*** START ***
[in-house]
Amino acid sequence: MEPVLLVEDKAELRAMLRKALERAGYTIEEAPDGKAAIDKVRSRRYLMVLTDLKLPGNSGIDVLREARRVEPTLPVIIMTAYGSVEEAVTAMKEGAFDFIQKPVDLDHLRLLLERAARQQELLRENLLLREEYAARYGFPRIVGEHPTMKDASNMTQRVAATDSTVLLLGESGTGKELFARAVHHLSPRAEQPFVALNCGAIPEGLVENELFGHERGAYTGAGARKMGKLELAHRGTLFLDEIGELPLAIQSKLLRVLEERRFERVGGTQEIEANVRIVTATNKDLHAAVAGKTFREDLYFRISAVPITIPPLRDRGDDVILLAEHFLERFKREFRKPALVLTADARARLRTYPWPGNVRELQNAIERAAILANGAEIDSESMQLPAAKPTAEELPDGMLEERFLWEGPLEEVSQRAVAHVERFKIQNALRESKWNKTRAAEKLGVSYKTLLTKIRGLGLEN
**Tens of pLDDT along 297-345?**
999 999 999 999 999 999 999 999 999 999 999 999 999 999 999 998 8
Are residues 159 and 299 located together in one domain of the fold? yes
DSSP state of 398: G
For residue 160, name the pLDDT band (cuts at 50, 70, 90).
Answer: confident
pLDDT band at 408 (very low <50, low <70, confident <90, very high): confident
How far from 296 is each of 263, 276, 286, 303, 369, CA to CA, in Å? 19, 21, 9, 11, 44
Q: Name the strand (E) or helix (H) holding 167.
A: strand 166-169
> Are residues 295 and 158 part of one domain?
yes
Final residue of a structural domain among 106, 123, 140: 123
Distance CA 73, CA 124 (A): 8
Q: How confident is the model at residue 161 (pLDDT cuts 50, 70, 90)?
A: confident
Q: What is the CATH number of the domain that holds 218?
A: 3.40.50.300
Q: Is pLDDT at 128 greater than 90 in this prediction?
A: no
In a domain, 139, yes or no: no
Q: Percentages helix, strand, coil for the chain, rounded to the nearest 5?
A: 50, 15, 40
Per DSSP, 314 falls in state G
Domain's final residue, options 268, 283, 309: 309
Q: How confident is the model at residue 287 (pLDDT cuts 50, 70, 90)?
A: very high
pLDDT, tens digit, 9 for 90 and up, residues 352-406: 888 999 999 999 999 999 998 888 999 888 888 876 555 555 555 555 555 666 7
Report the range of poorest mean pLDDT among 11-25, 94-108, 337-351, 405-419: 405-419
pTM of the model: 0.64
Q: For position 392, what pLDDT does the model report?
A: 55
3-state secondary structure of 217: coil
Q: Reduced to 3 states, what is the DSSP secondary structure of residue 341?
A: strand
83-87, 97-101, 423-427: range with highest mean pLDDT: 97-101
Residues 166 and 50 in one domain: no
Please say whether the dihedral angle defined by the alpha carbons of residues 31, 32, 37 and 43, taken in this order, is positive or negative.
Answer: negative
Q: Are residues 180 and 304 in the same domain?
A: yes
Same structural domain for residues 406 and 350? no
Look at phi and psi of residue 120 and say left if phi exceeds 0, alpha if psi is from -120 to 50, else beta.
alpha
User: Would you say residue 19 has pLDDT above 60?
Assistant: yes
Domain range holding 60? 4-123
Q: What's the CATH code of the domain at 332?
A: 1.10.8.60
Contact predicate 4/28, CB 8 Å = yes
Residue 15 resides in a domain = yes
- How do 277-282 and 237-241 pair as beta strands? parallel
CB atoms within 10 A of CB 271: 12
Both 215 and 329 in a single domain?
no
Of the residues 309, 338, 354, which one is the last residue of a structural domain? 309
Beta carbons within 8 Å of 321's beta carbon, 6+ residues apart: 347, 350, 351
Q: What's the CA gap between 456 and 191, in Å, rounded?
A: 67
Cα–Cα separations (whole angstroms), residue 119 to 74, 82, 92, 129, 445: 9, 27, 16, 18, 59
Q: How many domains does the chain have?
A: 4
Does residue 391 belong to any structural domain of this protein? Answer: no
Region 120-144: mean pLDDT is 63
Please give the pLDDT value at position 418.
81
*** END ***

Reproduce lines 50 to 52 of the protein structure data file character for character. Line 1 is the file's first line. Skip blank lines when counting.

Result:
Q: What's the CATH code of the domain at 332?
A: 1.10.8.60
Contact predicate 4/28, CB 8 Å = yes